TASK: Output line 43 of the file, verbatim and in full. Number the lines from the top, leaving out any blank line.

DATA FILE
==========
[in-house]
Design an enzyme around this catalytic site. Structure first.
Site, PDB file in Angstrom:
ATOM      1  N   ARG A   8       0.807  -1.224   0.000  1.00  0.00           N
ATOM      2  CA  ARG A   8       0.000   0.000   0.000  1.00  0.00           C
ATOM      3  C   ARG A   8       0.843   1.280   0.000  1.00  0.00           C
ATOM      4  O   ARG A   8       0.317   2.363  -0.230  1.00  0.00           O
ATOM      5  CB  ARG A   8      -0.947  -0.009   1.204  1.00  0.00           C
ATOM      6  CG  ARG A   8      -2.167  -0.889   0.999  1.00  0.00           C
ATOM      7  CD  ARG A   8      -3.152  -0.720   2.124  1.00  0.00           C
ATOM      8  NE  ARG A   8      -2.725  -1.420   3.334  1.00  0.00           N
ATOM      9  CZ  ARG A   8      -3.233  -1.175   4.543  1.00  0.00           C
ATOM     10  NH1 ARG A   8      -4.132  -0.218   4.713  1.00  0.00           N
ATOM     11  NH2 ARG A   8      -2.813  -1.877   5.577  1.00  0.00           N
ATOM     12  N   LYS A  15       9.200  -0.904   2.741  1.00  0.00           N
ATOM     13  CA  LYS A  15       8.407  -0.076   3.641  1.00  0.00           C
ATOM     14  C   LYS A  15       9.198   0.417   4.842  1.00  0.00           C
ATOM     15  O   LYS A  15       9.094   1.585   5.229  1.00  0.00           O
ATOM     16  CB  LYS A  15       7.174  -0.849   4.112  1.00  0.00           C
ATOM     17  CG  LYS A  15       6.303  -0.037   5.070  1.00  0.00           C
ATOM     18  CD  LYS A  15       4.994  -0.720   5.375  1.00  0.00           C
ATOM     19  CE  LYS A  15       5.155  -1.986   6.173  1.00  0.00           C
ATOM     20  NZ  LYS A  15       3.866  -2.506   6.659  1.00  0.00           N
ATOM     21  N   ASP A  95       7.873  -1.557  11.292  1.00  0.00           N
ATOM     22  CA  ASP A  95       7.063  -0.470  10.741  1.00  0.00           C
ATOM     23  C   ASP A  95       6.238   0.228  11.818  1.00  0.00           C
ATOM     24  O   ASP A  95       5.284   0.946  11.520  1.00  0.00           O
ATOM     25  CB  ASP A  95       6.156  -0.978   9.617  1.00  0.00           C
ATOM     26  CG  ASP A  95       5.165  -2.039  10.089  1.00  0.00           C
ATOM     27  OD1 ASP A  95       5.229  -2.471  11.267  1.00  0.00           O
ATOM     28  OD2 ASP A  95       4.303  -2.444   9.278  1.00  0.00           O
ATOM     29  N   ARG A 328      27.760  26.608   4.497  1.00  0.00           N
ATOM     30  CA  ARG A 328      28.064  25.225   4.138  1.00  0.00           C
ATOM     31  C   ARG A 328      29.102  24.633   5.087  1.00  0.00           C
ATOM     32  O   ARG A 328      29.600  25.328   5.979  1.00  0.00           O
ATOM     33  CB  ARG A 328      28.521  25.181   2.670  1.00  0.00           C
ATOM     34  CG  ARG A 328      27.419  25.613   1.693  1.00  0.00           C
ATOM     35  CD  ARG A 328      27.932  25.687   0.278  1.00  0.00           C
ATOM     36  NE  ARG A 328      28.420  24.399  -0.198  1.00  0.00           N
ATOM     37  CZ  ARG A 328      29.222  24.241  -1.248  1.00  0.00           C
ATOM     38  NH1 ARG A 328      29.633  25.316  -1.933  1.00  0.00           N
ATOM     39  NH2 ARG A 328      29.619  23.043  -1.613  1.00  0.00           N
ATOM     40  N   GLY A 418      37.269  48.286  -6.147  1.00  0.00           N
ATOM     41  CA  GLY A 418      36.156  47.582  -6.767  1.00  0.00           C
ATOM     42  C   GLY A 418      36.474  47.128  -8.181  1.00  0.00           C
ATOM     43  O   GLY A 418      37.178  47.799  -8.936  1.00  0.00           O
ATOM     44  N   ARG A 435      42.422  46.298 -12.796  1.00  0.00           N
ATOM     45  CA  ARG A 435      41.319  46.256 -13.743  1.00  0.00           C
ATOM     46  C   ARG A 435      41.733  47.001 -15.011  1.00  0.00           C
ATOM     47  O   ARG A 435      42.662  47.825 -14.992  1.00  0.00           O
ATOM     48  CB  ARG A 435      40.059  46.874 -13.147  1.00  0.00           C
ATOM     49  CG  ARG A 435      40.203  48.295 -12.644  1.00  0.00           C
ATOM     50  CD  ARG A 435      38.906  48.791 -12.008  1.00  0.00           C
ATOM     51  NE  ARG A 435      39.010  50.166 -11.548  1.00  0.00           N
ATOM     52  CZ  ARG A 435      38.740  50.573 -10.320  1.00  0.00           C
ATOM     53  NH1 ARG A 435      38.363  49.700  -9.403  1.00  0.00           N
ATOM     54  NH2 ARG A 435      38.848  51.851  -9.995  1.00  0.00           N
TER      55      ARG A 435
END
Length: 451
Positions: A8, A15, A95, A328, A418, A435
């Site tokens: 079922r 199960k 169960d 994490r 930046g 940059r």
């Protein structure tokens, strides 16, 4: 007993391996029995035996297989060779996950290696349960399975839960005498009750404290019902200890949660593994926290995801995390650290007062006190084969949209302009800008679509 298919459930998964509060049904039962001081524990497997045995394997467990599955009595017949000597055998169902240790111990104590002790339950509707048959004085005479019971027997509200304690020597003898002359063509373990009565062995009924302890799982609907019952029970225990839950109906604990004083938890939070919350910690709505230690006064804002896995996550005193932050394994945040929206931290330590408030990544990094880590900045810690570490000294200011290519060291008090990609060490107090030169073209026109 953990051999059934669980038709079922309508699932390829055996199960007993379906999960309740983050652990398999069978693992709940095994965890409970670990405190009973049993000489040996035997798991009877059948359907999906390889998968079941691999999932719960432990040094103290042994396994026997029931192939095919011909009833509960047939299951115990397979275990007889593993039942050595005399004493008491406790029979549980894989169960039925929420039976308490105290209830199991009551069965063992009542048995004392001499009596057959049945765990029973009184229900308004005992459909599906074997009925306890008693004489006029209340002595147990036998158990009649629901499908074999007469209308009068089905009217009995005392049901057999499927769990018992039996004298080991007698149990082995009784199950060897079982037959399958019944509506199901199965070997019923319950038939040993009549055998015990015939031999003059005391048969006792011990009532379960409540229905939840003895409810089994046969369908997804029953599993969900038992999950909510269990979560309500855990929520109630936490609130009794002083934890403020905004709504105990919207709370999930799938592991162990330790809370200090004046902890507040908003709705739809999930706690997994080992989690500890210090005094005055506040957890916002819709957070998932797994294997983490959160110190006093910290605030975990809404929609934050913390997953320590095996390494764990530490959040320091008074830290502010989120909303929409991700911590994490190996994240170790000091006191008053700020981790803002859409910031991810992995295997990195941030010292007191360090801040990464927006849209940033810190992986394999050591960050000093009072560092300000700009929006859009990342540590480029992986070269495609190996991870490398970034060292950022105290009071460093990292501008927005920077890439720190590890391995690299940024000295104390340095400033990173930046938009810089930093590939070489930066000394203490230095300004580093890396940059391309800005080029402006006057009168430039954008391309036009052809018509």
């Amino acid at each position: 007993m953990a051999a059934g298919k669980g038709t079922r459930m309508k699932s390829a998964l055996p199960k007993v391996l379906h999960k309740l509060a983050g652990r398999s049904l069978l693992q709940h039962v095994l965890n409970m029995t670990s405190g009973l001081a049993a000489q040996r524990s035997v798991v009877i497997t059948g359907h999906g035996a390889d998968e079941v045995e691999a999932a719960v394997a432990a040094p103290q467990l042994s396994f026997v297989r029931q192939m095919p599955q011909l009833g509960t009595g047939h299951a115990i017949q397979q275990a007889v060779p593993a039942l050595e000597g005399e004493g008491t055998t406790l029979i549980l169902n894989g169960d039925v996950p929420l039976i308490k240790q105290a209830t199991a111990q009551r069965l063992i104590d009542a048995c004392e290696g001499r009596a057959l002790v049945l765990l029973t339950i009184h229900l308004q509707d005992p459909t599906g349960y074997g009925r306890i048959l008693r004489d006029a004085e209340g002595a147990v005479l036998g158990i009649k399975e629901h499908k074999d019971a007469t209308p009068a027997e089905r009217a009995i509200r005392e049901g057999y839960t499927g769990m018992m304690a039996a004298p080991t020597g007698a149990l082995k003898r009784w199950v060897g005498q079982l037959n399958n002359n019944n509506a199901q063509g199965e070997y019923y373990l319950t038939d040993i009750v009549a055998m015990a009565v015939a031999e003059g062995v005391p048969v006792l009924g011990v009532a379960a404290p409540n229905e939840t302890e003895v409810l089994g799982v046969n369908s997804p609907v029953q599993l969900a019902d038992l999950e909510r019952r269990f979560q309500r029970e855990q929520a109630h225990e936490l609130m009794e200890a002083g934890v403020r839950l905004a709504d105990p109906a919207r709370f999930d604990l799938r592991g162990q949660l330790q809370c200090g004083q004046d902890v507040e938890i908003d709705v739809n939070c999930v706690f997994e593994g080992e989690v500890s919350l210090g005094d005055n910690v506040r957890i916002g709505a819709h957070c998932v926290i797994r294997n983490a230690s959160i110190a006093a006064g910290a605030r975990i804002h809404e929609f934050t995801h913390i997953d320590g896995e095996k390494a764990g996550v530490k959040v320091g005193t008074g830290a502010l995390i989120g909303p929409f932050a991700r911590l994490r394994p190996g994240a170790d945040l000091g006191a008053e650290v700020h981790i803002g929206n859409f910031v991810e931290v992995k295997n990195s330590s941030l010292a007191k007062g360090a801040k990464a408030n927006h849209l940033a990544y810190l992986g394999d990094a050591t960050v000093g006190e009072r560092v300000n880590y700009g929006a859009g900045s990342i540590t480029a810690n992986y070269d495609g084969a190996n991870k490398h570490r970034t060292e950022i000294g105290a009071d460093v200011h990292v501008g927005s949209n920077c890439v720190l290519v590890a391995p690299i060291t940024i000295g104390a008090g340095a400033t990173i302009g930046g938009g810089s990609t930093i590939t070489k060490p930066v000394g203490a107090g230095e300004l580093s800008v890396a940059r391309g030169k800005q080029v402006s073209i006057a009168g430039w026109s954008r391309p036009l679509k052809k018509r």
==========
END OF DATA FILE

ATOM     40  N   GLY A 418      37.269  48.286  -6.147  1.00  0.00           N